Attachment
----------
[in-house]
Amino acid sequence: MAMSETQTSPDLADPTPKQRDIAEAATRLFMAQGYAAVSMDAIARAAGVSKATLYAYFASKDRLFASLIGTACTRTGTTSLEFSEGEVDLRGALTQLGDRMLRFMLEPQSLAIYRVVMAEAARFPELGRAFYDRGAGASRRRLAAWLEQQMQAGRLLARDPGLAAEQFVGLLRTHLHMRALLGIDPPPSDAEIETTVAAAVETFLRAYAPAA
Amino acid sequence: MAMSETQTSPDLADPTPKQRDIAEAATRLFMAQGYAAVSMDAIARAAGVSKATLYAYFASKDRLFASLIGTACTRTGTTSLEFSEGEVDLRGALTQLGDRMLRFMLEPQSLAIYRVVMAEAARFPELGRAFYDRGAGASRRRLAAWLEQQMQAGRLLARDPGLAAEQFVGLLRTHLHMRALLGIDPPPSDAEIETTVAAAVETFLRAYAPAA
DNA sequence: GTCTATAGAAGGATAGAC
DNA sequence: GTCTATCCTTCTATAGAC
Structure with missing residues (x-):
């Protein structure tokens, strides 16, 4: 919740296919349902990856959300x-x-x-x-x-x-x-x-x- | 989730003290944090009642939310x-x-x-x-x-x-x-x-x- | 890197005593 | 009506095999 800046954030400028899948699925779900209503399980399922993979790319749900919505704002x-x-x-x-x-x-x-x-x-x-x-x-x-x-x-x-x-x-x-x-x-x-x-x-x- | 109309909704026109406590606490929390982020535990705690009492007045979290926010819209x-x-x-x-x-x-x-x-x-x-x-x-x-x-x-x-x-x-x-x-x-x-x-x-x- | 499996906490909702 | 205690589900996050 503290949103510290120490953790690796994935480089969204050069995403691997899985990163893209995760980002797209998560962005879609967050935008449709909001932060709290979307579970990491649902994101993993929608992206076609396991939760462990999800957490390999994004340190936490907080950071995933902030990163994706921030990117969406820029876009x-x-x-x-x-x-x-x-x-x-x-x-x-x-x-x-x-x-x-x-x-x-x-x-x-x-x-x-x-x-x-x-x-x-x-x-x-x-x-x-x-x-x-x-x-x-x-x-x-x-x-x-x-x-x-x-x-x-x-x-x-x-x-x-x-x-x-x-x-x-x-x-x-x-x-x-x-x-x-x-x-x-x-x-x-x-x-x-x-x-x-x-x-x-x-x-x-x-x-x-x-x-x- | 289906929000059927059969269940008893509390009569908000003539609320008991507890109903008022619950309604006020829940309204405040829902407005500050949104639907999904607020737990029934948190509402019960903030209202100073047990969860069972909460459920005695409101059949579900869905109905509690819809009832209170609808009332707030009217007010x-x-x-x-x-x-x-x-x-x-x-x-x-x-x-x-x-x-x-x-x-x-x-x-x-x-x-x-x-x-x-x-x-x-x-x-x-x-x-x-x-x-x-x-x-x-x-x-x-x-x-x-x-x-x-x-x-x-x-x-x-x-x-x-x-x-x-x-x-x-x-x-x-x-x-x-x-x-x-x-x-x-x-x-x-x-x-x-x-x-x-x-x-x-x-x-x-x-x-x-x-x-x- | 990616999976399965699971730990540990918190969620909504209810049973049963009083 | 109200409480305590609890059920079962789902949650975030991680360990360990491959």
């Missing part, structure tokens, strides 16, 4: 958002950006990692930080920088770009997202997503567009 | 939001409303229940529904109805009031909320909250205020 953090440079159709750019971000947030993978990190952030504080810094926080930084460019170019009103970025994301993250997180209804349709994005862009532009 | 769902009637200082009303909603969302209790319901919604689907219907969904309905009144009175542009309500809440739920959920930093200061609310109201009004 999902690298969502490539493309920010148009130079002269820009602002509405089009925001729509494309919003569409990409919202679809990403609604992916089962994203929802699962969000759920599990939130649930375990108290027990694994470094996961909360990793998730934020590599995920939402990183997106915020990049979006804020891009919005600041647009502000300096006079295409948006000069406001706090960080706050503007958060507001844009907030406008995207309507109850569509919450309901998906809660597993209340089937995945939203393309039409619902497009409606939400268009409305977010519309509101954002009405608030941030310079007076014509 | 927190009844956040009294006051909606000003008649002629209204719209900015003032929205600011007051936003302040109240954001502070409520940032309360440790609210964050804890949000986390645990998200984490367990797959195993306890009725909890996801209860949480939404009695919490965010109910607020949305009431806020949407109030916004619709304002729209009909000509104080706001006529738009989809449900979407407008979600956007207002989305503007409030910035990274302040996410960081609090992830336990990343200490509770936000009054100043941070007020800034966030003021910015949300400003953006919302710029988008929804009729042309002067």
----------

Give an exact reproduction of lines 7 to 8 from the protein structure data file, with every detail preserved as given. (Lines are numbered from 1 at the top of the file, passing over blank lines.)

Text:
């Protein structure tokens, strides 16, 4: 919740296919349902990856959300x-x-x-x-x-x-x-x-x- | 989730003290944090009642939310x-x-x-x-x-x-x-x-x- | 890197005593 | 009506095999 800046954030400028899948699925779900209503399980399922993979790319749900919505704002x-x-x-x-x-x-x-x-x-x-x-x-x-x-x-x-x-x-x-x-x-x-x-x-x- | 109309909704026109406590606490929390982020535990705690009492007045979290926010819209x-x-x-x-x-x-x-x-x-x-x-x-x-x-x-x-x-x-x-x-x-x-x-x-x- | 499996906490909702 | 205690589900996050 503290949103510290120490953790690796994935480089969204050069995403691997899985990163893209995760980002797209998560962005879609967050935008449709909001932060709290979307579970990491649902994101993993929608992206076609396991939760462990999800957490390999994004340190936490907080950071995933902030990163994706921030990117969406820029876009x-x-x-x-x-x-x-x-x-x-x-x-x-x-x-x-x-x-x-x-x-x-x-x-x-x-x-x-x-x-x-x-x-x-x-x-x-x-x-x-x-x-x-x-x-x-x-x-x-x-x-x-x-x-x-x-x-x-x-x-x-x-x-x-x-x-x-x-x-x-x-x-x-x-x-x-x-x-x-x-x-x-x-x-x-x-x-x-x-x-x-x-x-x-x-x-x-x-x-x-x-x-x- | 289906929000059927059969269940008893509390009569908000003539609320008991507890109903008022619950309604006020829940309204405040829902407005500050949104639907999904607020737990029934948190509402019960903030209202100073047990969860069972909460459920005695409101059949579900869905109905509690819809009832209170609808009332707030009217007010x-x-x-x-x-x-x-x-x-x-x-x-x-x-x-x-x-x-x-x-x-x-x-x-x-x-x-x-x-x-x-x-x-x-x-x-x-x-x-x-x-x-x-x-x-x-x-x-x-x-x-x-x-x-x-x-x-x-x-x-x-x-x-x-x-x-x-x-x-x-x-x-x-x-x-x-x-x-x-x-x-x-x-x-x-x-x-x-x-x-x-x-x-x-x-x-x-x-x-x-x-x-x- | 990616999976399965699971730990540990918190969620909504209810049973049963009083 | 109200409480305590609890059920079962789902949650975030991680360990360990491959």
């Missing part, structure tokens, strides 16, 4: 958002950006990692930080920088770009997202997503567009 | 939001409303229940529904109805009031909320909250205020 953090440079159709750019971000947030993978990190952030504080810094926080930084460019170019009103970025994301993250997180209804349709994005862009532009 | 769902009637200082009303909603969302209790319901919604689907219907969904309905009144009175542009309500809440739920959920930093200061609310109201009004 999902690298969502490539493309920010148009130079002269820009602002509405089009925001729509494309919003569409990409919202679809990403609604992916089962994203929802699962969000759920599990939130649930375990108290027990694994470094996961909360990793998730934020590599995920939402990183997106915020990049979006804020891009919005600041647009502000300096006079295409948006000069406001706090960080706050503007958060507001844009907030406008995207309507109850569509919450309901998906809660597993209340089937995945939203393309039409619902497009409606939400268009409305977010519309509101954002009405608030941030310079007076014509 | 927190009844956040009294006051909606000003008649002629209204719209900015003032929205600011007051936003302040109240954001502070409520940032309360440790609210964050804890949000986390645990998200984490367990797959195993306890009725909890996801209860949480939404009695919490965010109910607020949305009431806020949407109030916004619709304002729209009909000509104080706001006529738009989809449900979407407008979600956007207002989305503007409030910035990274302040996410960081609090992830336990990343200490509770936000009054100043941070007020800034966030003021910015949300400003953006919302710029988008929804009729042309002067």